April 26, 2023
Time recently published an article featuring Constance Hadley, Lecturer of Management and Organizations, discussing the health benefits of social support in the workplace.
Only about 20% of U.S. adults say they have a best friend at work. It’s undeniable that social support at work is crucial to health and well-being. Your well-being can be boosted by interactions with coworkers who have become close friends, but it doesn’t have to come from them; supervisory relationships and friendly acquaintanceships can also help.
Research on the topic is clear: having friends in the workplace can not only boost job satisfaction and performance, but also improve wellness. It’s linked to a lower risk of burnout, better mental health, fewer traumatic experiences, and maybe even a longer lifespan. Hadley states, “People will say, ‘Oh, I don’t need social relationships at work, that’s not important to me, that doesn’t matter,’ I would argue they should rethink that.”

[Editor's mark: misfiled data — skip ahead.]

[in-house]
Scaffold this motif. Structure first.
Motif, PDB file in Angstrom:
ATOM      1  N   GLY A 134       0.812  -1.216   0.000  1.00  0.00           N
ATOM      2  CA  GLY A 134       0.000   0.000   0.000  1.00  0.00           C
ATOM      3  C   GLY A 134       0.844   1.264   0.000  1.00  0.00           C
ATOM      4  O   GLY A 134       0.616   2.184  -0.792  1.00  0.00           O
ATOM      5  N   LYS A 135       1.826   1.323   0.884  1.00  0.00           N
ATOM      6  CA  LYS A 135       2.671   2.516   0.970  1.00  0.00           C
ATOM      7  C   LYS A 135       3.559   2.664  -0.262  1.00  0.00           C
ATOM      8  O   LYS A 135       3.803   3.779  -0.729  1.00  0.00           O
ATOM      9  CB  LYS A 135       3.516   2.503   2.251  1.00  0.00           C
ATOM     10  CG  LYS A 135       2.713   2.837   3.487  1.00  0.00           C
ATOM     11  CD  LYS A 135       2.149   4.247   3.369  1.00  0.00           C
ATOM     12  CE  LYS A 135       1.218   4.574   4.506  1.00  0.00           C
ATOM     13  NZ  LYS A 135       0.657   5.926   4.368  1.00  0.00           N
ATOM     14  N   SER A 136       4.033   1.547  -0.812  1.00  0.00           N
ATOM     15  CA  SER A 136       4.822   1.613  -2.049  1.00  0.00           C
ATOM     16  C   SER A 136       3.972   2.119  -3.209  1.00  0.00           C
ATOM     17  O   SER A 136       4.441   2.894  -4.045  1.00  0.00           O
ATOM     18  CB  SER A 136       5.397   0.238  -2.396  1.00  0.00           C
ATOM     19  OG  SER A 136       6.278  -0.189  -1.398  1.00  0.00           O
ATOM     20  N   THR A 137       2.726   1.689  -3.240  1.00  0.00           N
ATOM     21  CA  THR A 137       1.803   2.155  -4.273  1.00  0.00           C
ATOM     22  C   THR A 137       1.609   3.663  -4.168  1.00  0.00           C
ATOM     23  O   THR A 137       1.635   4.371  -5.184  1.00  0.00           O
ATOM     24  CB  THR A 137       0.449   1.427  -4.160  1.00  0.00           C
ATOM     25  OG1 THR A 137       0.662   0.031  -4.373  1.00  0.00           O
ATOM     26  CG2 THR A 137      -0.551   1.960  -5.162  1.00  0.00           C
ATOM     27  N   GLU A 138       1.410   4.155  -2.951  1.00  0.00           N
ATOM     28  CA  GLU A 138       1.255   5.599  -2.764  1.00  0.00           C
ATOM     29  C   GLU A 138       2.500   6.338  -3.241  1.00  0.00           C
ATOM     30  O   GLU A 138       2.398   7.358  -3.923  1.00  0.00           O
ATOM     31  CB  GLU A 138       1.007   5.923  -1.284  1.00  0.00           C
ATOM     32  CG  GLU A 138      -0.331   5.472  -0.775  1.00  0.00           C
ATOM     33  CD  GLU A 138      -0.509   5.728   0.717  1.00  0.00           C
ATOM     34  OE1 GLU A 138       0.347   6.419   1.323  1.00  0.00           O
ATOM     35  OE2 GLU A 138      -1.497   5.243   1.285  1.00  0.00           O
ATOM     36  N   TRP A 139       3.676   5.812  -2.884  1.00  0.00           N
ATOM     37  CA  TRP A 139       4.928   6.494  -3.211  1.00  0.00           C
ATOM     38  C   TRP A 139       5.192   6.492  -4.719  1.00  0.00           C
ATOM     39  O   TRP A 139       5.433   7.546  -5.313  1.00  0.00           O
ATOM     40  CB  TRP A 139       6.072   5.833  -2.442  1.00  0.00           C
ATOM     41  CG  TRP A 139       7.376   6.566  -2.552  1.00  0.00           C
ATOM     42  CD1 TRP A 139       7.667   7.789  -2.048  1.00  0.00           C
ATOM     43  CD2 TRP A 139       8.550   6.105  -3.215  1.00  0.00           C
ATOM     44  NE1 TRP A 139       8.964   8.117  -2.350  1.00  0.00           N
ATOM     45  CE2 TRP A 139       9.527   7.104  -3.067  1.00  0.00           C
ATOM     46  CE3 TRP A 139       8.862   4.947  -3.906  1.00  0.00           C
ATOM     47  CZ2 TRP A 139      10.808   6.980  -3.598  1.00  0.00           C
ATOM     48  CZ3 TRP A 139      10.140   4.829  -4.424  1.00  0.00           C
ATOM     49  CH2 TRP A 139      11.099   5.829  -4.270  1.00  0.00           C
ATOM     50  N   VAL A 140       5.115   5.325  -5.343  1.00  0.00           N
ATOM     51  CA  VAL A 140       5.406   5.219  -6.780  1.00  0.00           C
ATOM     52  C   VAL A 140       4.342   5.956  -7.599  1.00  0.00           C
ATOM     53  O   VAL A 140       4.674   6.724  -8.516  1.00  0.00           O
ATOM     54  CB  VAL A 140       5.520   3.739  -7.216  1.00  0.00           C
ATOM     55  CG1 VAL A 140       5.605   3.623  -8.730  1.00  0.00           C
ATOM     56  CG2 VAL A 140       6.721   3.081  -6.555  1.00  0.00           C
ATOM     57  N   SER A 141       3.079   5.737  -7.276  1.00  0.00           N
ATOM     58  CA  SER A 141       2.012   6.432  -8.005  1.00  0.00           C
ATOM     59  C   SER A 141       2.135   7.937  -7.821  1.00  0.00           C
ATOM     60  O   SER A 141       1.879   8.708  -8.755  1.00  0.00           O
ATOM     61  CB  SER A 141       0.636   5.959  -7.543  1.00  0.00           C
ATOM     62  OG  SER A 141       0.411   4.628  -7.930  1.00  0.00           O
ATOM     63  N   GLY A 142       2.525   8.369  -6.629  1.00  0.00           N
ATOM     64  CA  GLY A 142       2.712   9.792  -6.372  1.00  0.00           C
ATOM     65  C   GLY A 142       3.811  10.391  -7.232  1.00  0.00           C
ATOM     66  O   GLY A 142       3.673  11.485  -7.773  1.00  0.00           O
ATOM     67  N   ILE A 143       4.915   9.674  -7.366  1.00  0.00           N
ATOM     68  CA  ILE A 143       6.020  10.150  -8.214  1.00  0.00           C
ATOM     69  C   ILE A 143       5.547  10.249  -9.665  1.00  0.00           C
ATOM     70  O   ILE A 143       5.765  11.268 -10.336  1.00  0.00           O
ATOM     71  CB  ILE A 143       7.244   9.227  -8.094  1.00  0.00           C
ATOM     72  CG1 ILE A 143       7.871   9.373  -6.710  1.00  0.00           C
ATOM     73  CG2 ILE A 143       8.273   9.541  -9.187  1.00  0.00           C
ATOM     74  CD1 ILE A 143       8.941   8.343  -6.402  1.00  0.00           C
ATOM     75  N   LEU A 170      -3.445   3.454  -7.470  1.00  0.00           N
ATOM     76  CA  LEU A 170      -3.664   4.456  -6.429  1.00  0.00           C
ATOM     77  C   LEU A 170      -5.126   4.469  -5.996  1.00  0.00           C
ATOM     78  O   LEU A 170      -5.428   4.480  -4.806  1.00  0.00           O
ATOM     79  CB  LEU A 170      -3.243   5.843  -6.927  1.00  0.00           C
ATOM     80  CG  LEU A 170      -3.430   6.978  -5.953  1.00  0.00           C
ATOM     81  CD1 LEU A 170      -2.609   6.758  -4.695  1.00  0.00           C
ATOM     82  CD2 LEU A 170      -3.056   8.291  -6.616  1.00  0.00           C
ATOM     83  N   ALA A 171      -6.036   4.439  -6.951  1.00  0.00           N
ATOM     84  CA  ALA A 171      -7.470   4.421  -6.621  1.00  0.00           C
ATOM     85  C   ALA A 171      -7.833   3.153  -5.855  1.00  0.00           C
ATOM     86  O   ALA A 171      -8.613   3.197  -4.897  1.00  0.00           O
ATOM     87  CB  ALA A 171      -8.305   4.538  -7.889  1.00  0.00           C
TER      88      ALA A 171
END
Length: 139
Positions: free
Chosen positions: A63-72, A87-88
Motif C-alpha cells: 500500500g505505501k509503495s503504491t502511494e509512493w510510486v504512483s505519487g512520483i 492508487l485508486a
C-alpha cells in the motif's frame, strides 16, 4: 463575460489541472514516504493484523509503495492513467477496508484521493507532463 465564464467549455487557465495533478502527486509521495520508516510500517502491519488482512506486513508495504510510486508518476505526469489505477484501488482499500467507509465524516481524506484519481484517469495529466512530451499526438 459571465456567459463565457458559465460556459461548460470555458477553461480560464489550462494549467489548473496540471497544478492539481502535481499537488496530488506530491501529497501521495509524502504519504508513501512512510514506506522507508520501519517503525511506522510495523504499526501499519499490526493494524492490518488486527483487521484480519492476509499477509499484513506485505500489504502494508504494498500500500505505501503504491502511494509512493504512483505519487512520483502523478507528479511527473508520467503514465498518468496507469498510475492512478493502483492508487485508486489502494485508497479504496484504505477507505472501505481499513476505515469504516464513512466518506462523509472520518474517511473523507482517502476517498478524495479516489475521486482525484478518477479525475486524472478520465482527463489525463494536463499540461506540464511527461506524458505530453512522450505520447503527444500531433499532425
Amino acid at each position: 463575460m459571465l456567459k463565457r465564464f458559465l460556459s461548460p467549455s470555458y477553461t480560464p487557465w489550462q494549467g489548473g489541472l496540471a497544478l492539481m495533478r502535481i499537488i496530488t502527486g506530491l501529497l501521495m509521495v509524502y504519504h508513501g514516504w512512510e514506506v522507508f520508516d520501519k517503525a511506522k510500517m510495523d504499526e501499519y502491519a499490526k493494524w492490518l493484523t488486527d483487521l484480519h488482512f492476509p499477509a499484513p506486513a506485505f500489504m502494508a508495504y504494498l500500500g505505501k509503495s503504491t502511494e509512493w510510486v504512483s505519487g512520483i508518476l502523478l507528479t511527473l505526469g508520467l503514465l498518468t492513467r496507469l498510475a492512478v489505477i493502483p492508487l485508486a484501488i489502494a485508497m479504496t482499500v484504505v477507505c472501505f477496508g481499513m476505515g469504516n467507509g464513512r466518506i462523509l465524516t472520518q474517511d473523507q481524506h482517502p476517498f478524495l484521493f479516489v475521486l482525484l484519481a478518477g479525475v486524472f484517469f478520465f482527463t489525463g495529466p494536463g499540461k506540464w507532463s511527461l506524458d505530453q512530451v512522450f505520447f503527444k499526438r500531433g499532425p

Considering how much time people spend at their jobs – the average employed American works for almost eight hours each day they’re on the clock – workplace loneliness shouldn’t be ignored. However, becoming best friends with co-workers may seem daunting to some, and there are still benefits from smaller doses of professional social support. Hadley’s research suggests knowing a few people fairly well has a stronger effect than having superficial relationships with lots of people… so start small.